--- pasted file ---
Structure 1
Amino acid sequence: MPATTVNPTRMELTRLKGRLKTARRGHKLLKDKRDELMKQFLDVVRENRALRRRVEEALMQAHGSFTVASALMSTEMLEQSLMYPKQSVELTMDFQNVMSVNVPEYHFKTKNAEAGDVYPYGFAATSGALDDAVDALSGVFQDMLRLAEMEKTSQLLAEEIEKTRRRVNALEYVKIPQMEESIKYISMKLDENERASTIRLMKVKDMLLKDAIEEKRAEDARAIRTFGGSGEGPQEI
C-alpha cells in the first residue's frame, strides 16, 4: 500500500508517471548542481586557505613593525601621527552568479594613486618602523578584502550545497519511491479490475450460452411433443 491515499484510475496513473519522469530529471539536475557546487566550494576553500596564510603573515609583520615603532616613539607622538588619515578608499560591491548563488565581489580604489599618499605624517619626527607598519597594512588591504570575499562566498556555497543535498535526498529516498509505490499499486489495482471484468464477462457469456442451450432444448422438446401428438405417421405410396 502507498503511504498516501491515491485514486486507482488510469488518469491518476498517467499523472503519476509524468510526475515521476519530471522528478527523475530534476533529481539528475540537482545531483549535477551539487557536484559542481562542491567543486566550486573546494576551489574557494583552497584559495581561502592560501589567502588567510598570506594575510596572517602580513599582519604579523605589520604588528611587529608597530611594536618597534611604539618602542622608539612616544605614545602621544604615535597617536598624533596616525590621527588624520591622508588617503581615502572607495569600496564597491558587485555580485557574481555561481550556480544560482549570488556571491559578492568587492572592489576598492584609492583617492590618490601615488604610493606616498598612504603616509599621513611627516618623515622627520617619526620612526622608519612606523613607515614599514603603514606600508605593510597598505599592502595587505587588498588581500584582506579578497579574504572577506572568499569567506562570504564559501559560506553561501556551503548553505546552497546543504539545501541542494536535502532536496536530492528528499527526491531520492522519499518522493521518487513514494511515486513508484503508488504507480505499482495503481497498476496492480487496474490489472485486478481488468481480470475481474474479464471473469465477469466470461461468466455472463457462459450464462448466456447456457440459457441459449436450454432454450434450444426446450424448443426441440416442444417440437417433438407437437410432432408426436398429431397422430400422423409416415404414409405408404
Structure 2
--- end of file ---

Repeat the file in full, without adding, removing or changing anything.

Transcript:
Structure 1
Amino acid sequence: MPATTVNPTRMELTRLKGRLKTARRGHKLLKDKRDELMKQFLDVVRENRALRRRVEEALMQAHGSFTVASALMSTEMLEQSLMYPKQSVELTMDFQNVMSVNVPEYHFKTKNAEAGDVYPYGFAATSGALDDAVDALSGVFQDMLRLAEMEKTSQLLAEEIEKTRRRVNALEYVKIPQMEESIKYISMKLDENERASTIRLMKVKDMLLKDAIEEKRAEDARAIRTFGGSGEGPQEI
C-alpha cells in the first residue's frame, strides 16, 4: 500500500508517471548542481586557505613593525601621527552568479594613486618602523578584502550545497519511491479490475450460452411433443 491515499484510475496513473519522469530529471539536475557546487566550494576553500596564510603573515609583520615603532616613539607622538588619515578608499560591491548563488565581489580604489599618499605624517619626527607598519597594512588591504570575499562566498556555497543535498535526498529516498509505490499499486489495482471484468464477462457469456442451450432444448422438446401428438405417421405410396 502507498503511504498516501491515491485514486486507482488510469488518469491518476498517467499523472503519476509524468510526475515521476519530471522528478527523475530534476533529481539528475540537482545531483549535477551539487557536484559542481562542491567543486566550486573546494576551489574557494583552497584559495581561502592560501589567502588567510598570506594575510596572517602580513599582519604579523605589520604588528611587529608597530611594536618597534611604539618602542622608539612616544605614545602621544604615535597617536598624533596616525590621527588624520591622508588617503581615502572607495569600496564597491558587485555580485557574481555561481550556480544560482549570488556571491559578492568587492572592489576598492584609492583617492590618490601615488604610493606616498598612504603616509599621513611627516618623515622627520617619526620612526622608519612606523613607515614599514603603514606600508605593510597598505599592502595587505587588498588581500584582506579578497579574504572577506572568499569567506562570504564559501559560506553561501556551503548553505546552497546543504539545501541542494536535502532536496536530492528528499527526491531520492522519499518522493521518487513514494511515486513508484503508488504507480505499482495503481497498476496492480487496474490489472485486478481488468481480470475481474474479464471473469465477469466470461461468466455472463457462459450464462448466456447456457440459457441459449436450454432454450434450444426446450424448443426441440416442444417440437417433438407437437410432432408426436398429431397422430400422423409416415404414409405408404
Structure 2